In 1899 Charles Kent took up the role of Town Clerk in the barely three-year-old, Municipality of Victoria Park (formed in 1897). Charles quickly became very popular and relied upon for his dedication to the community, attention to detail and commitment to the role. Charles was also involved in many other groups; he was Secretary of the Victoria Park Board of Health and was also involved in the Metropolitan Bicycle Club and frequently officiated as timekeeper for competitions. Many of these races used Albany Road, as it was then named, as their cycleway, racing from Victoria Park Hotel to Kelmscott Hotel. A distance of 25 miles as reported in 1902 (1), the winner covering this distance in 1 hour and nine minutes.

Charles and his family lived in Mackie Street, Victoria Park, possibly No. 6 or No. 8.

On Tuesday 7 April 1903, Charles became famous for disappearing! He enjoyed the evening meal with his family in Mackie Street, and strolled to the Broken Hill Hotel for a drink with a few friends whereafter he was expected at the Council Chambers (where John Hughes’ car yard is now located), for the regular fortnightly meeting of council, but he did not arrive. Interestingly when the door to the Town Clerk’s office was forced open that evening, Charles’ gold watch, chain and ring were found, most worryingly for those assembled and his family, they also discovered a box of cartridges for a revolver, with one missing! Thankfully no more was said about the revolver once Charles was found. Following is an article from The Daily News, on Thursday 9 April…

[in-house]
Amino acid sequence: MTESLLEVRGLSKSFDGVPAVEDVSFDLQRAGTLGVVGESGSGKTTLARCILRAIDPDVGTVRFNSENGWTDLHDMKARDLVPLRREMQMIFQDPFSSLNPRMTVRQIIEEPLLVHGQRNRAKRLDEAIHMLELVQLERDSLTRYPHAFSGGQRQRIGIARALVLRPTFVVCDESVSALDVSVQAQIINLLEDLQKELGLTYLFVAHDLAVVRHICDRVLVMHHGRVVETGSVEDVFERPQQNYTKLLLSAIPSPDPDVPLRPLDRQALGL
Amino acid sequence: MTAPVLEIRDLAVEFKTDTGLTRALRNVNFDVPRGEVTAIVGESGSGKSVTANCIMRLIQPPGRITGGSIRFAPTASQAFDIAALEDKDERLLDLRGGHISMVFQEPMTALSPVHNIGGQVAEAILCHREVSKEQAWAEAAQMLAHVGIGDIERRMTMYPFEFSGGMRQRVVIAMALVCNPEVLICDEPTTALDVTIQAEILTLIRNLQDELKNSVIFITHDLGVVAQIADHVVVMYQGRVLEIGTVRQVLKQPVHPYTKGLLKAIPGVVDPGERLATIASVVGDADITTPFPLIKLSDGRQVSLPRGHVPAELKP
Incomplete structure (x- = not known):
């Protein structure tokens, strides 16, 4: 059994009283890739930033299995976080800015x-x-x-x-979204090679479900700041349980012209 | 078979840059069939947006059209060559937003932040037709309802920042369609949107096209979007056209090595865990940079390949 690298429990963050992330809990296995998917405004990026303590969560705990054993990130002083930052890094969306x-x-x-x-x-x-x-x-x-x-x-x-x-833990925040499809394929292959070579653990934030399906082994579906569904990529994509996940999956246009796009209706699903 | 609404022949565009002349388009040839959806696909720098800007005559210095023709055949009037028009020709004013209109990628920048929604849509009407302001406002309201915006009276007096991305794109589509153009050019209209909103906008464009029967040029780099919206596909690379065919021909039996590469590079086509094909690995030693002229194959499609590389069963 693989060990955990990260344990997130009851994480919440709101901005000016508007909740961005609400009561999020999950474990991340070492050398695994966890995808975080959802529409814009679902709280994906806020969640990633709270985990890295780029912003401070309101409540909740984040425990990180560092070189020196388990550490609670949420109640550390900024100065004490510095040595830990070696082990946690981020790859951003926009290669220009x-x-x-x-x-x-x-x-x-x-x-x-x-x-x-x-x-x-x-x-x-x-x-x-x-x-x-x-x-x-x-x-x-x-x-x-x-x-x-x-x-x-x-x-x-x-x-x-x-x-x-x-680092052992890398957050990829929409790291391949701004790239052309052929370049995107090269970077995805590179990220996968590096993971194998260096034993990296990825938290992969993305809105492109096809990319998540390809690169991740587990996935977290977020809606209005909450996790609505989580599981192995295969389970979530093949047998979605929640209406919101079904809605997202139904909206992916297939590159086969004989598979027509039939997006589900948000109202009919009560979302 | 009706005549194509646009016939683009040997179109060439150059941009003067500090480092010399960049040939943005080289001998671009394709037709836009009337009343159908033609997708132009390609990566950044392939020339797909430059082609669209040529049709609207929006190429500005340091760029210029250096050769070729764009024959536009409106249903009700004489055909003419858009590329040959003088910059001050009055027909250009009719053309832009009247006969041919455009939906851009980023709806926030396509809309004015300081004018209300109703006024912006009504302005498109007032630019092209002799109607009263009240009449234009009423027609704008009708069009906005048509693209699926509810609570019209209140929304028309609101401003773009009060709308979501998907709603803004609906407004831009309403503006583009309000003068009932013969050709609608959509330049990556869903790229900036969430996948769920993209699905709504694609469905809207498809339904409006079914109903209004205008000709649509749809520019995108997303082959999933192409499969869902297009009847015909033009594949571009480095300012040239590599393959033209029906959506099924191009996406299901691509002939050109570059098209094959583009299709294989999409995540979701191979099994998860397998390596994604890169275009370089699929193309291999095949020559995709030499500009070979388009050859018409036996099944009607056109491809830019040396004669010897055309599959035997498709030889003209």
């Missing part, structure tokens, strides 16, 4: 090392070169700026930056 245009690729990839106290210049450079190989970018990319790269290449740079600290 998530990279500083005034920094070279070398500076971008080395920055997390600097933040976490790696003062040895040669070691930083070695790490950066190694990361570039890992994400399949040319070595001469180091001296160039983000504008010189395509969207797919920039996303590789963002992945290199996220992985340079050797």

“Strange Disappearance, of the Town Clerk of Victoria Park. The Lost Found

“The excitement caused in the city yesterday when it became generally known per medium of ‘The Daily News’ that Charles William Kent, the well-known town clerk of Victoria Park, has as suddenly disappeared as if the ground had opened underneath his feet and swallowed him up, was in a great measure allayed this morning on its becoming known that Mr Kent has been positively seen yesterday at Guildford. But when the intelligence arrived in the city that he had again for the second time disappeared, there was more excitement.